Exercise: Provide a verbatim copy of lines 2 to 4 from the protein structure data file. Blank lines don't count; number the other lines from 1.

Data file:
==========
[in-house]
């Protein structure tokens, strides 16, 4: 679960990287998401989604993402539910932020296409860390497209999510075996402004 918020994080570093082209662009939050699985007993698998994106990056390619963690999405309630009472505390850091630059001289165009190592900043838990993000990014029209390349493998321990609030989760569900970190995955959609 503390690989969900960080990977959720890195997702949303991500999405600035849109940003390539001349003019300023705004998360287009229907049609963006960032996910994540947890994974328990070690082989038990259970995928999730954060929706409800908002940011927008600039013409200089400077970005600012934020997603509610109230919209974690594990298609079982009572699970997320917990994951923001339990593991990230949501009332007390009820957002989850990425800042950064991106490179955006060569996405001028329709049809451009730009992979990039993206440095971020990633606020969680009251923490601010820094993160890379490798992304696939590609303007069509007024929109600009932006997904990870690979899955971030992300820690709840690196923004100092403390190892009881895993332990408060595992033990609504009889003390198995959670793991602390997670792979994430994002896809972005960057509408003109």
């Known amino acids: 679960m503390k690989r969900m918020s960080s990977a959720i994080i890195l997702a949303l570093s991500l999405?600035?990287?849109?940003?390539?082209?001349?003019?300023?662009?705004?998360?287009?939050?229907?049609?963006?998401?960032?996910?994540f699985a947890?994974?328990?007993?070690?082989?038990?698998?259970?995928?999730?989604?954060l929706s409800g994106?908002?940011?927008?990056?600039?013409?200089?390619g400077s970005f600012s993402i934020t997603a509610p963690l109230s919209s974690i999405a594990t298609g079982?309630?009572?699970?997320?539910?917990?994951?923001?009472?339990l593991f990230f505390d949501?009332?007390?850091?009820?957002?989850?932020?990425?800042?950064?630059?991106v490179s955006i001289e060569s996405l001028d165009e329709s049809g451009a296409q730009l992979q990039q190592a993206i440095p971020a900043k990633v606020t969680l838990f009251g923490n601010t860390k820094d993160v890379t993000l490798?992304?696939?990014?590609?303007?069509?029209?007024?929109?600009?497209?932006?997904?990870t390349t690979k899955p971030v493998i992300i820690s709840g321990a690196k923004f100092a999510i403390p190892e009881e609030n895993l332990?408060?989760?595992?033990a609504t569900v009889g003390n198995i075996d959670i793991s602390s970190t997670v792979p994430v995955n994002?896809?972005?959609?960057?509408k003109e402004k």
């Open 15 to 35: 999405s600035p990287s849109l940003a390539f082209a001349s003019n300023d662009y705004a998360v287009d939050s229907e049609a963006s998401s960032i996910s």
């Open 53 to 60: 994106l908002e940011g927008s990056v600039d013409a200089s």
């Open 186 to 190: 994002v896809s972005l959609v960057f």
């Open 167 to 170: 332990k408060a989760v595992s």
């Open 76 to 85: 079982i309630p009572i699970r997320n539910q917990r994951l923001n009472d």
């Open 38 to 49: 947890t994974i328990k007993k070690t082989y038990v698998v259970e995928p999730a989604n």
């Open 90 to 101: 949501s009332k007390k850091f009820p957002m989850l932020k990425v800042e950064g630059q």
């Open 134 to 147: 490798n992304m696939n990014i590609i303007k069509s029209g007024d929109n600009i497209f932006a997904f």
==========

């Protein structure tokens, strides 16, 4: 679960990287998401989604993402539910932020296409860390497209999510075996402004 918020994080570093082209662009939050699985007993698998994106990056390619963690999405309630009472505390850091630059001289165009190592900043838990993000990014029209390349493998321990609030989760569900970190995955959609 503390690989969900960080990977959720890195997702949303991500999405600035849109940003390539001349003019300023705004998360287009229907049609963006960032996910994540947890994974328990070690082989038990259970995928999730954060929706409800908002940011927008600039013409200089400077970005600012934020997603509610109230919209974690594990298609079982009572699970997320917990994951923001339990593991990230949501009332007390009820957002989850990425800042950064991106490179955006060569996405001028329709049809451009730009992979990039993206440095971020990633606020969680009251923490601010820094993160890379490798992304696939590609303007069509007024929109600009932006997904990870690979899955971030992300820690709840690196923004100092403390190892009881895993332990408060595992033990609504009889003390198995959670793991602390997670792979994430994002896809972005960057509408003109």
């Known amino acids: 679960m503390k690989r969900m918020s960080s990977a959720i994080i890195l997702a949303l570093s991500l999405?600035?990287?849109?940003?390539?082209?001349?003019?300023?662009?705004?998360?287009?939050?229907?049609?963006?998401?960032?996910?994540f699985a947890?994974?328990?007993?070690?082989?038990?698998?259970?995928?999730?989604?954060l929706s409800g994106?908002?940011?927008?990056?600039?013409?200089?390619g400077s970005f600012s993402i934020t997603a509610p963690l109230s919209s974690i999405a594990t298609g079982?309630?009572?699970?997320?539910?917990?994951?923001?009472?339990l593991f990230f505390d949501?009332?007390?850091?009820?957002?989850?932020?990425?800042?950064?630059?991106v490179s955006i001289e060569s996405l001028d165009e329709s049809g451009a296409q730009l992979q990039q190592a993206i440095p971020a900043k990633v606020t969680l838990f009251g923490n601010t860390k820094d993160v890379t993000l490798?992304?696939?990014?590609?303007?069509?029209?007024?929109?600009?497209?932006?997904?990870t390349t690979k899955p971030v493998i992300i820690s709840g321990a690196k923004f100092a999510i403390p190892e009881e609030n895993l332990?408060?989760?595992?033990a609504t569900v009889g003390n198995i075996d959670i793991s602390s970190t997670v792979p994430v995955n994002?896809?972005?959609?960057?509408k003109e402004k």
């Open 15 to 35: 999405s600035p990287s849109l940003a390539f082209a001349s003019n300023d662009y705004a998360v287009d939050s229907e049609a963006s998401s960032i996910s």